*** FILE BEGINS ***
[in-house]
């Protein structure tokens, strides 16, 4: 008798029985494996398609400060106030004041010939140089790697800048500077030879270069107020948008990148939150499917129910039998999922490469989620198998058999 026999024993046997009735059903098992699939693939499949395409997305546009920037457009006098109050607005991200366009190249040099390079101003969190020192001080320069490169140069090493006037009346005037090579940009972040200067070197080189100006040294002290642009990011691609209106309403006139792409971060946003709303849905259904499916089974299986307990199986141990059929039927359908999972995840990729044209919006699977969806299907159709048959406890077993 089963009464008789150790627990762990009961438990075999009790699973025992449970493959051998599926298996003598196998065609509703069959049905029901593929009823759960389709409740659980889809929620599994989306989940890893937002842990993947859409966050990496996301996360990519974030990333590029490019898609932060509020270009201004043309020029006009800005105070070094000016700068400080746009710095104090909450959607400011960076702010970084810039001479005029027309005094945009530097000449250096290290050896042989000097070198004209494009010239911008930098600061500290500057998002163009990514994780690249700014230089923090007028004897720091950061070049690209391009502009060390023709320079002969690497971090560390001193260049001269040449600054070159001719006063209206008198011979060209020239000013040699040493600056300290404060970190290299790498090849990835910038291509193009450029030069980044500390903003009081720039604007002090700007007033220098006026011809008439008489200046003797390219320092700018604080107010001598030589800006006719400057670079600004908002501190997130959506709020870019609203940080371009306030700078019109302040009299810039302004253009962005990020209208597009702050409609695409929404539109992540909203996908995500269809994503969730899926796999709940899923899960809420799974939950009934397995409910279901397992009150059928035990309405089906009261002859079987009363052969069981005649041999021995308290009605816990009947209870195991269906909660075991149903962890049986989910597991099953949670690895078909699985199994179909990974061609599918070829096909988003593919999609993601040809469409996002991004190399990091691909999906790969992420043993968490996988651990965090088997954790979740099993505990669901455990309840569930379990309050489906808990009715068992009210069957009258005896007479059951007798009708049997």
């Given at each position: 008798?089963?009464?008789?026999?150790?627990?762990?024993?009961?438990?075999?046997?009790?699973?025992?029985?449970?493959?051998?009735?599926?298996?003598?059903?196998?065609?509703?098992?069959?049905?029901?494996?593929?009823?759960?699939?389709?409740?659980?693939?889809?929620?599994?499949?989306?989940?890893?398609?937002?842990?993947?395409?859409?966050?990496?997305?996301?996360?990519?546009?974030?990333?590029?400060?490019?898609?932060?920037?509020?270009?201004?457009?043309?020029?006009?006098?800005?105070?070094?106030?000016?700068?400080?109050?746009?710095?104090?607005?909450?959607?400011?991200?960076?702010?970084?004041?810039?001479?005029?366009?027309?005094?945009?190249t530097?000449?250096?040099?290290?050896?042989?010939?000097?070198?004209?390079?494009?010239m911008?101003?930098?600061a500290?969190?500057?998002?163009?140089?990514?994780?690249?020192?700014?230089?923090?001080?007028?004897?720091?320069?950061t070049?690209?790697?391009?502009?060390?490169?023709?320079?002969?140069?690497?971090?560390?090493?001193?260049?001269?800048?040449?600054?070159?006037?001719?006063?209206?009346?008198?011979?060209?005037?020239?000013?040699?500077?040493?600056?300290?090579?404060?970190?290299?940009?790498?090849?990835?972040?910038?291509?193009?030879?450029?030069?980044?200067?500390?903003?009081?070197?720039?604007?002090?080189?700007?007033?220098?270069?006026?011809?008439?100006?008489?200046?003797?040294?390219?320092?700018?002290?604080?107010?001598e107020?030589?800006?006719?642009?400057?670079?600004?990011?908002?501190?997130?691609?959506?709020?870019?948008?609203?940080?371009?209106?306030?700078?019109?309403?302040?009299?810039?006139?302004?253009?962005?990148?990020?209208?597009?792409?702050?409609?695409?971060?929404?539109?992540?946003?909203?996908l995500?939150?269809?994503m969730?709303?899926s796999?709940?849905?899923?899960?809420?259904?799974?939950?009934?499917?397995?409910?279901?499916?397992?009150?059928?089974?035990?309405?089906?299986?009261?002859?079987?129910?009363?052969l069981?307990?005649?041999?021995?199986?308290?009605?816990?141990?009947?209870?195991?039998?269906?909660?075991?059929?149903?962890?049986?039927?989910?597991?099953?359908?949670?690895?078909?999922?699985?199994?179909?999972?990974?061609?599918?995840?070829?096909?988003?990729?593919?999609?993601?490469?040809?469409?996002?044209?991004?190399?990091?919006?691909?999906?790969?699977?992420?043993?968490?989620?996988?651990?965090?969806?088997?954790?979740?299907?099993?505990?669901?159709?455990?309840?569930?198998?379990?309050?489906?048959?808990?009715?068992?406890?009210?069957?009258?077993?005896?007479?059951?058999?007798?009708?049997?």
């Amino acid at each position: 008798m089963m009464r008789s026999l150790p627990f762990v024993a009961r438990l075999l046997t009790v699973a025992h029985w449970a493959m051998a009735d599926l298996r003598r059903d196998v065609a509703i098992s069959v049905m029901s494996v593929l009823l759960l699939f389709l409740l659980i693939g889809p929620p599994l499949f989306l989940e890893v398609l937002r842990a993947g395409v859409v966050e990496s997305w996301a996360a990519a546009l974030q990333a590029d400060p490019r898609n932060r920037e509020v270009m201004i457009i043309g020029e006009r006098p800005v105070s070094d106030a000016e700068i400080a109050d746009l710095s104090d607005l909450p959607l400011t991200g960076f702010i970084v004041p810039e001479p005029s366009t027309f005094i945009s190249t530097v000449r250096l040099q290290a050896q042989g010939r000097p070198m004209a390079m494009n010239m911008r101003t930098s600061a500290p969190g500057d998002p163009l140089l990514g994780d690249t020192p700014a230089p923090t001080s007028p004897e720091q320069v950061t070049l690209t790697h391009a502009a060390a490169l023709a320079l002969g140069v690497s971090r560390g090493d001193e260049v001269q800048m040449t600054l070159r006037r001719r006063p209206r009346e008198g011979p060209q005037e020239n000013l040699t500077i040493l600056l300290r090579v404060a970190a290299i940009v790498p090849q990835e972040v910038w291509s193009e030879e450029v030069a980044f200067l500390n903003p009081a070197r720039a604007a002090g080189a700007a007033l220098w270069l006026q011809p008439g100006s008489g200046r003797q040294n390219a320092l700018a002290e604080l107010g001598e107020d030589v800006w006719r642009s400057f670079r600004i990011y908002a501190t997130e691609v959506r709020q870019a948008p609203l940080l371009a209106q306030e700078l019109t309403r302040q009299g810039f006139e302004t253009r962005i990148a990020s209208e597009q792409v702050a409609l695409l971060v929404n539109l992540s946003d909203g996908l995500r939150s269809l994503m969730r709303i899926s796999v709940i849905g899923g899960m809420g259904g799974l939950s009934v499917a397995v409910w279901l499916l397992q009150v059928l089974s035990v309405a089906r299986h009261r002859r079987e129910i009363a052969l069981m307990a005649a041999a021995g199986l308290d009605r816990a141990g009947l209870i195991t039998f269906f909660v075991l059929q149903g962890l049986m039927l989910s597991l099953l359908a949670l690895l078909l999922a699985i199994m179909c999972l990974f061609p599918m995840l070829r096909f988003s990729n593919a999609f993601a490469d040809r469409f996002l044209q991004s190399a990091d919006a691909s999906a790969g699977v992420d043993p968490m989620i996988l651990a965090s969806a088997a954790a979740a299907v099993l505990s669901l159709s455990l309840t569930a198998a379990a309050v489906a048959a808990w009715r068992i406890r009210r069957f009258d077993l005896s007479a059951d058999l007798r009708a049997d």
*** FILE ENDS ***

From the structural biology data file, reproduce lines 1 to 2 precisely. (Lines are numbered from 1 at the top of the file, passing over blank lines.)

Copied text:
[in-house]
């Protein structure tokens, strides 16, 4: 008798029985494996398609400060106030004041010939140089790697800048500077030879270069107020948008990148939150499917129910039998999922490469989620198998058999 026999024993046997009735059903098992699939693939499949395409997305546009920037457009006098109050607005991200366009190249040099390079101003969190020192001080320069490169140069090493006037009346005037090579940009972040200067070197080189100006040294002290642009990011691609209106309403006139792409971060946003709303849905259904499916089974299986307990199986141990059929039927359908999972995840990729044209919006699977969806299907159709048959406890077993 089963009464008789150790627990762990009961438990075999009790699973025992449970493959051998599926298996003598196998065609509703069959049905029901593929009823759960389709409740659980889809929620599994989306989940890893937002842990993947859409966050990496996301996360990519974030990333590029490019898609932060509020270009201004043309020029006009800005105070070094000016700068400080746009710095104090909450959607400011960076702010970084810039001479005029027309005094945009530097000449250096290290050896042989000097070198004209494009010239911008930098600061500290500057998002163009990514994780690249700014230089923090007028004897720091950061070049690209391009502009060390023709320079002969690497971090560390001193260049001269040449600054070159001719006063209206008198011979060209020239000013040699040493600056300290404060970190290299790498090849990835910038291509193009450029030069980044500390903003009081720039604007002090700007007033220098006026011809008439008489200046003797390219320092700018604080107010001598030589800006006719400057670079600004908002501190997130959506709020870019609203940080371009306030700078019109302040009299810039302004253009962005990020209208597009702050409609695409929404539109992540909203996908995500269809994503969730899926796999709940899923899960809420799974939950009934397995409910279901397992009150059928035990309405089906009261002859079987009363052969069981005649041999021995308290009605816990009947209870195991269906909660075991149903962890049986989910597991099953949670690895078909699985199994179909990974061609599918070829096909988003593919999609993601040809469409996002991004190399990091691909999906790969992420043993968490996988651990965090088997954790979740099993505990669901455990309840569930379990309050489906808990009715068992009210069957009258005896007479059951007798009708049997």